Equalization schools, facilities built to perpetuate segregated education throughout the South as communities anticipated, and then circumvented, court-ordered desegregation, are among the many types of places designed and built during Jim Crow to impose racial order throughout the South. Unlike monumental sites associated with what Weyeneth described as “connected with the triumph of individual and collective initiative” (p. 41), equalization schools are well outside mainstream America’s popularly held conceptions of Jim Crow for several reasons. They are, as Weyeneth observed, places that force people to confront a disturbing and uncomfortable past. “I Googled for articles to figure out what the heck was going on”, said the same reader in comments to the 2013 blog post. “What little I found did not touch on the historic significance of these buildings.”
I began asking people to tell me where they would take visitors to Decatur to see places associated with black history in the city.2 “There aren’t any left,” replied local preservationists and African American residents. As the city was completing construction of the new civic buildings where Decatur’s black elementary and high schools had once stood, one lifelong African American resident told me that the places she used to bring younger family members and friends are all gone. But, she added, she’d take them to “the new building on Trinity because there you’ll be able to go in there and look at some history.” For her and other black Decaturites, the only place to experience black history will be in exhibits prepared by the city in its new civic building. They and others may be able to see “some history,” but we’ll never be able to touch its cold masonry surfaces or experience its marginalization deep in our souls.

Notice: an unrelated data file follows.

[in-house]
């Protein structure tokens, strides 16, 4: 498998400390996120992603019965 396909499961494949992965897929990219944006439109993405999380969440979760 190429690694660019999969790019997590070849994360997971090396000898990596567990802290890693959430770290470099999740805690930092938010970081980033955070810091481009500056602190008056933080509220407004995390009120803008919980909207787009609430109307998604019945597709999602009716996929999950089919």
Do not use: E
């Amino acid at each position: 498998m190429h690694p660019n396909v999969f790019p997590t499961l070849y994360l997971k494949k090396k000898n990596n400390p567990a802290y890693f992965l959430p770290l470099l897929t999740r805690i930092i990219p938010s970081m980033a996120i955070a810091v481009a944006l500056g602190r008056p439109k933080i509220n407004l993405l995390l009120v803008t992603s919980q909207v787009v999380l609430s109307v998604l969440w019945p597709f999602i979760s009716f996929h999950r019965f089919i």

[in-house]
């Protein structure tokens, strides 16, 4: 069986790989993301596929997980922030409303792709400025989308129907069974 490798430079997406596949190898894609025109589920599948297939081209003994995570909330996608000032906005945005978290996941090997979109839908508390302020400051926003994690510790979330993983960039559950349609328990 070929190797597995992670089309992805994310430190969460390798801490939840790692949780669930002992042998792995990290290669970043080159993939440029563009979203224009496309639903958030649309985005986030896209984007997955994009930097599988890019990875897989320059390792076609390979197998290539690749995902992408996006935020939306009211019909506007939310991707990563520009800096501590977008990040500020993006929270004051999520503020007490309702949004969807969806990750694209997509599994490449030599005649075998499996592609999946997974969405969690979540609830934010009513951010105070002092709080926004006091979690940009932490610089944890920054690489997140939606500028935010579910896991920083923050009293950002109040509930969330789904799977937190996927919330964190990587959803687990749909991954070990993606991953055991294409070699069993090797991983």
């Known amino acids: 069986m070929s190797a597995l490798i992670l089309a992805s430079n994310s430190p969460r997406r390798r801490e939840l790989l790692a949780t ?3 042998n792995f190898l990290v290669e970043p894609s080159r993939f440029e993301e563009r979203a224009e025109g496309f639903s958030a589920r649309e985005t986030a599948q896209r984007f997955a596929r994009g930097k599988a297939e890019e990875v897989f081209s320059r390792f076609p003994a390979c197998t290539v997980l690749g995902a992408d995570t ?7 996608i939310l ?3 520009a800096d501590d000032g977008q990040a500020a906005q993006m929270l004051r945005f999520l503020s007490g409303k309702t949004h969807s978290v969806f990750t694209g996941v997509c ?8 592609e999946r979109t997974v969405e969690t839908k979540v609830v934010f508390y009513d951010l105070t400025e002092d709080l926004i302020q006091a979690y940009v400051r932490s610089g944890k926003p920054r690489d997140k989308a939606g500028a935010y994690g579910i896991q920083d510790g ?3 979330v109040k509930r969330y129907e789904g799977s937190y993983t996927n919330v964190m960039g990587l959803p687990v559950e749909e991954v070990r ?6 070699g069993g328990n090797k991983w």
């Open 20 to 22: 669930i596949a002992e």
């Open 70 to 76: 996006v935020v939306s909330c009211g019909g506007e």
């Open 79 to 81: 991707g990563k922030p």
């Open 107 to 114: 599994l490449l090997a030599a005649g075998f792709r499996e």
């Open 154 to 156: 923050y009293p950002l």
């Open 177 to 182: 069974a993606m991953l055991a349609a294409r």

Weyeneth underscored the importance of experiencing historic racialized space beyond reading about segregation in static accounts. Visitors to these historic places include aging survivors from Jim Crow segregation, their younger family members, and people whose only experience with racism is drawn from the arts and the academy. Exposed to daylight and effectively interpreted, the preserved and protected sites from our dark past offer unparalleled educational opportunities. Once these places disappear from the landscape, their power to remind us that racism continues to be a factor that cuts across all American social strata is lost. The headlines from 2014 bear this out, from racial profiling in Decatur to the shooting deaths by police of unarmed black men in Ferguson, Missouri, and New York City.3 Weyeneth quoted a St. Louis man who said that every community should preserve “at lease one site associated with racial segregation in order to remind us that there are two racial universes in the United States” (p. 37).